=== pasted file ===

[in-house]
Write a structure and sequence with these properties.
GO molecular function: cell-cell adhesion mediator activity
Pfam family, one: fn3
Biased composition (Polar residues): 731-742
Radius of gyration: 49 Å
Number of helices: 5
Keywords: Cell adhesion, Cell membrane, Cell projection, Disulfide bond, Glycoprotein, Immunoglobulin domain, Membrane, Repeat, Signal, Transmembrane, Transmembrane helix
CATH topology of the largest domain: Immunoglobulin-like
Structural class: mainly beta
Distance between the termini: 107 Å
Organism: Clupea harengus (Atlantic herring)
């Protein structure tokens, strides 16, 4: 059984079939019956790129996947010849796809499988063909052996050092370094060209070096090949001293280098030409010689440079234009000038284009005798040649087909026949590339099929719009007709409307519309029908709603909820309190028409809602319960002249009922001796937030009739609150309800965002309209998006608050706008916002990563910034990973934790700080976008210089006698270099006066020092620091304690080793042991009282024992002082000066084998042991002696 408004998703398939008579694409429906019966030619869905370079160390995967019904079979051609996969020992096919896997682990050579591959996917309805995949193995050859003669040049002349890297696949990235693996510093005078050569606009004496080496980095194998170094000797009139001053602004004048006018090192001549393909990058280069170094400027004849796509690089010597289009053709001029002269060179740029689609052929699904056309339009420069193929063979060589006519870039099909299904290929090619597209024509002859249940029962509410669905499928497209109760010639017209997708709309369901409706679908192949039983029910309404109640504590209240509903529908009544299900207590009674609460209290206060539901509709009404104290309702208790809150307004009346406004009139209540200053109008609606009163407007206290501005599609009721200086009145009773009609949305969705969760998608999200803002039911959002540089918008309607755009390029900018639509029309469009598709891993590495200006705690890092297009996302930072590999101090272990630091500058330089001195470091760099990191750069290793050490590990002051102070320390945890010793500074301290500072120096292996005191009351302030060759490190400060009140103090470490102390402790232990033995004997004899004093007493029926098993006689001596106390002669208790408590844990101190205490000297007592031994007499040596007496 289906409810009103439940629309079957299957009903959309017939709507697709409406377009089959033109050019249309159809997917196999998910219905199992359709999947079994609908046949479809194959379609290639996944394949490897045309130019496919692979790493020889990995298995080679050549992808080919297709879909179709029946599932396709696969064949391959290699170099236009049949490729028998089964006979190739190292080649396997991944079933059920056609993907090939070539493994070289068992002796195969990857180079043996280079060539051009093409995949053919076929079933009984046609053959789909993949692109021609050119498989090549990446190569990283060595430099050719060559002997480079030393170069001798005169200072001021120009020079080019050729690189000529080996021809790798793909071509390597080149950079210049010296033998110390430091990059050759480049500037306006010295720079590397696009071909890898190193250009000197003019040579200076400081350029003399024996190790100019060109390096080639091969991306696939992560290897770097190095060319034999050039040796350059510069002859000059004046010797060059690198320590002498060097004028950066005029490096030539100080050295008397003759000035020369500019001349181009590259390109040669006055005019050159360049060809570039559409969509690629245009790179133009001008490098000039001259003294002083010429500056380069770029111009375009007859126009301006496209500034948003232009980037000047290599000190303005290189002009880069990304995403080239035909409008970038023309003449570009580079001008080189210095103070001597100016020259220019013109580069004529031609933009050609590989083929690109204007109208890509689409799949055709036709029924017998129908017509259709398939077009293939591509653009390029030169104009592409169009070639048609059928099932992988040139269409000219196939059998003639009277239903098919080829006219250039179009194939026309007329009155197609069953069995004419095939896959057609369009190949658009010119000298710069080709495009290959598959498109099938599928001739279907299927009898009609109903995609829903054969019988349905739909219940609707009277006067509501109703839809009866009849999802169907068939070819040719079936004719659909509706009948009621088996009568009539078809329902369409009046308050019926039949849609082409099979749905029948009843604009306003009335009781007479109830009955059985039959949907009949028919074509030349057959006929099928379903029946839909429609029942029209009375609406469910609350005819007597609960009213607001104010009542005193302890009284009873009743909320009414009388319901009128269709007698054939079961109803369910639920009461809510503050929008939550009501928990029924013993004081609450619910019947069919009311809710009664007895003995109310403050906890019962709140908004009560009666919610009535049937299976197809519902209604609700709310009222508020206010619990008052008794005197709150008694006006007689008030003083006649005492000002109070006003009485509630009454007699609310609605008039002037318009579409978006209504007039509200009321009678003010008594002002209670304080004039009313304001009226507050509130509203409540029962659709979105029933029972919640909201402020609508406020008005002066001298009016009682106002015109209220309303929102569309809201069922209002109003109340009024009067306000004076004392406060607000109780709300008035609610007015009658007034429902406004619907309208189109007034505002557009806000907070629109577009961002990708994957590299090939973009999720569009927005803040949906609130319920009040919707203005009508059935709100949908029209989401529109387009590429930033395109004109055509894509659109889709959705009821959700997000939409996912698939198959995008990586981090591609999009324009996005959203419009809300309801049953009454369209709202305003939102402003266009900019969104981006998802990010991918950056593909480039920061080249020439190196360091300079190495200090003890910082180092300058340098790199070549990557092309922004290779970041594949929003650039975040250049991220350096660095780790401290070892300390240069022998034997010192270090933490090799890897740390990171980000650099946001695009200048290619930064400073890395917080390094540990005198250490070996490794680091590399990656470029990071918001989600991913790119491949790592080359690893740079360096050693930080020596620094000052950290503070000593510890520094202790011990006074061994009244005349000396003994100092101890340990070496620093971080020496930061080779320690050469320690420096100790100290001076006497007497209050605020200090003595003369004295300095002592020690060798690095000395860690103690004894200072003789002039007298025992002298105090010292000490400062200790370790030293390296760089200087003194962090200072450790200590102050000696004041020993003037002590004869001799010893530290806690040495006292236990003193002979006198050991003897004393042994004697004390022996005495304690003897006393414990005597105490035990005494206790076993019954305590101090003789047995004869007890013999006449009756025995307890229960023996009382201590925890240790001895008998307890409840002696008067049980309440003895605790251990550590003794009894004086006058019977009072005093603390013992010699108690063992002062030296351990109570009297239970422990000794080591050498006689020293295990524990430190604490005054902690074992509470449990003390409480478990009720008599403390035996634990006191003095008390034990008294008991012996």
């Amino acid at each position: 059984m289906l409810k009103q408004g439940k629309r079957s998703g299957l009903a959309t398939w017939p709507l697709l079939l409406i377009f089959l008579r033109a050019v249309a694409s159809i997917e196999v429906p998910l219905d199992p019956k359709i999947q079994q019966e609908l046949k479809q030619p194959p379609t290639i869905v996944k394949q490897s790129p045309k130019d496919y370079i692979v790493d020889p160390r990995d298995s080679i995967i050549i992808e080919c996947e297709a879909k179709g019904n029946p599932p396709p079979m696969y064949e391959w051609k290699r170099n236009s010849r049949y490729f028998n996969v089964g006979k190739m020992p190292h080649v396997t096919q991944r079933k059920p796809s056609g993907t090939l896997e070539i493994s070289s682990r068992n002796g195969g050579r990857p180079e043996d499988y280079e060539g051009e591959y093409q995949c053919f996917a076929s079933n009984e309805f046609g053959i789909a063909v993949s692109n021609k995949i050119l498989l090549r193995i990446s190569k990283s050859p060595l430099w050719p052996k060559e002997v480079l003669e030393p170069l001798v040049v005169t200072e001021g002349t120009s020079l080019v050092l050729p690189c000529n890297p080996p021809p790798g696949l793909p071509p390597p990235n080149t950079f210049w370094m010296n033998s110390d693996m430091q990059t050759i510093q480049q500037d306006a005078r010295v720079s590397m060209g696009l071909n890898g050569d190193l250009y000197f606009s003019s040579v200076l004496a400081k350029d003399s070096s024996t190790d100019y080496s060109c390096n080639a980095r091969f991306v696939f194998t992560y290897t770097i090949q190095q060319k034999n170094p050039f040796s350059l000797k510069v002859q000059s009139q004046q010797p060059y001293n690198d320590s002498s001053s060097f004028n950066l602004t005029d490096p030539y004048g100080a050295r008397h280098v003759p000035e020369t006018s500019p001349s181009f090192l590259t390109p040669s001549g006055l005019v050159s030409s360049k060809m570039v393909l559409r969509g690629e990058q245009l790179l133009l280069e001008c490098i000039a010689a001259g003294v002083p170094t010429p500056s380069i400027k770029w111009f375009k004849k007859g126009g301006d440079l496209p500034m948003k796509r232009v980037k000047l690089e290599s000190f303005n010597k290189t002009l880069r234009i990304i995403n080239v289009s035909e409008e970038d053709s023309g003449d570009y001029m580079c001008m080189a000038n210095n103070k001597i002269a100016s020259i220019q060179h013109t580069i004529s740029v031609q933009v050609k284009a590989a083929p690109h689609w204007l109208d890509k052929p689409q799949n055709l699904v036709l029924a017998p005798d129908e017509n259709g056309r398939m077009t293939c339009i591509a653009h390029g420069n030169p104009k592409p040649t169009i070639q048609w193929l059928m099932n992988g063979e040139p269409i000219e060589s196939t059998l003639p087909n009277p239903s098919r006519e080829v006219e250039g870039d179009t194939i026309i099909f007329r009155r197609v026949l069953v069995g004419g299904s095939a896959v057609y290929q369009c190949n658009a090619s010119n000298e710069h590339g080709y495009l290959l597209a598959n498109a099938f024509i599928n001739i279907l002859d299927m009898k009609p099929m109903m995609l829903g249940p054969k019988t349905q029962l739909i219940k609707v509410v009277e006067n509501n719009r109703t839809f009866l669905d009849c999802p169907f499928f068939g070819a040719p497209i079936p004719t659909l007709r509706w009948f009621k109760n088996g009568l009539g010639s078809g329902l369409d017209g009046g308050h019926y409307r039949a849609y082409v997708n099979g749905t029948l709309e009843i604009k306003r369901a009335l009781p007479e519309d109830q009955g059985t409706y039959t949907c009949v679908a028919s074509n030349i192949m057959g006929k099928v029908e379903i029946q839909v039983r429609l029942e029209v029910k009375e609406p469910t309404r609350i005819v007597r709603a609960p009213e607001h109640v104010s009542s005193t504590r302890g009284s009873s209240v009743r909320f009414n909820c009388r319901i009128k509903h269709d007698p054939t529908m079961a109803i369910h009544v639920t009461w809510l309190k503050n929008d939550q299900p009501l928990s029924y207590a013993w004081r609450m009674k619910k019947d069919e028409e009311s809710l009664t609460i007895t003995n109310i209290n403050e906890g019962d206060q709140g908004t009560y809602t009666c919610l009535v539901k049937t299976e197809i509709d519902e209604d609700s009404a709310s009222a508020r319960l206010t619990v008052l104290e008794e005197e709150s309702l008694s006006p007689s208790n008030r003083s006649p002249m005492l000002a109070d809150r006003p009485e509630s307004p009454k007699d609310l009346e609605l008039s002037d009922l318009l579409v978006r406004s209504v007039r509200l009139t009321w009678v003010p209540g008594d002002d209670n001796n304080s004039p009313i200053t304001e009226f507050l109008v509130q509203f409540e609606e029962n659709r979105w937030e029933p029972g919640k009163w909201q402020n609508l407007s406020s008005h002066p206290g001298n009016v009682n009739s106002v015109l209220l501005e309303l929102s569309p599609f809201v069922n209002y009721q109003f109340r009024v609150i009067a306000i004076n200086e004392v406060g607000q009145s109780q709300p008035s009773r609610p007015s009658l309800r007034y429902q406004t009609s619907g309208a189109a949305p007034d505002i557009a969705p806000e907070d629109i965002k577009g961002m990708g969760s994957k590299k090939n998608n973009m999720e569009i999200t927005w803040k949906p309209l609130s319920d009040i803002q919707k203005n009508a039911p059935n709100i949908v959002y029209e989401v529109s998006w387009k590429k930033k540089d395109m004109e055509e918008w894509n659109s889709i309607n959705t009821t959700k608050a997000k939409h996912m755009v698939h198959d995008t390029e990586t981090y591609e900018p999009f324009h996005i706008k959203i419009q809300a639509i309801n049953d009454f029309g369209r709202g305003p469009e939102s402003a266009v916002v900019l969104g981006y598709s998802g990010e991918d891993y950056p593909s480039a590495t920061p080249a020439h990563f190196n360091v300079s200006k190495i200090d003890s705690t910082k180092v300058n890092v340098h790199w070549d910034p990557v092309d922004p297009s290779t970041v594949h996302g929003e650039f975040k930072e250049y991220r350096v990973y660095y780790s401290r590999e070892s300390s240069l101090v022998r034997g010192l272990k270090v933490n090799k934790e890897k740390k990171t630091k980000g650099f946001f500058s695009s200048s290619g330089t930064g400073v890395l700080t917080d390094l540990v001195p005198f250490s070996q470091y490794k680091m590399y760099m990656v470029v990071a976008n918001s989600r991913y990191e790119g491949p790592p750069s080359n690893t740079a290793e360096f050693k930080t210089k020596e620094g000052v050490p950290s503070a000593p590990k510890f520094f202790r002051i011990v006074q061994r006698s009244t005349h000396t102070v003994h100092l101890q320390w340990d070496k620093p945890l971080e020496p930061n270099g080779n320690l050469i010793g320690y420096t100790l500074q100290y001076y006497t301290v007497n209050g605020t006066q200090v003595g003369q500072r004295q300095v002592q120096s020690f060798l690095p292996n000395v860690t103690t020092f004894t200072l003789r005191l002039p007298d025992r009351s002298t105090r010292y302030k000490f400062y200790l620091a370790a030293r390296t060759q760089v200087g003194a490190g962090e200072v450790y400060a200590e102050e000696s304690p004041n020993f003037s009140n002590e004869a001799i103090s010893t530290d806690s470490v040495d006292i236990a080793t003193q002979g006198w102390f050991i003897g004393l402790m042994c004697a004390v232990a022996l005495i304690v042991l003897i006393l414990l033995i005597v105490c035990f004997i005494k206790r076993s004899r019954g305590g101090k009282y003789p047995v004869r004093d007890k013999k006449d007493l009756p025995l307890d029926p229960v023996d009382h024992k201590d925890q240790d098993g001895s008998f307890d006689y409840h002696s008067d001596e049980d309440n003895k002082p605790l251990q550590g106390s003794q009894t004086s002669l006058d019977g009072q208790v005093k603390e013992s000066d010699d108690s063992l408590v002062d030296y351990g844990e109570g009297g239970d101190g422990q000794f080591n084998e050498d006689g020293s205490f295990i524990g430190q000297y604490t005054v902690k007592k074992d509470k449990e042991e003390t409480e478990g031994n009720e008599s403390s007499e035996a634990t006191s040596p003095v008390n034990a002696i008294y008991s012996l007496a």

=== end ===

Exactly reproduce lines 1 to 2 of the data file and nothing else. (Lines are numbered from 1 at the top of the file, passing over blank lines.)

[in-house]
Write a structure and sequence with these properties.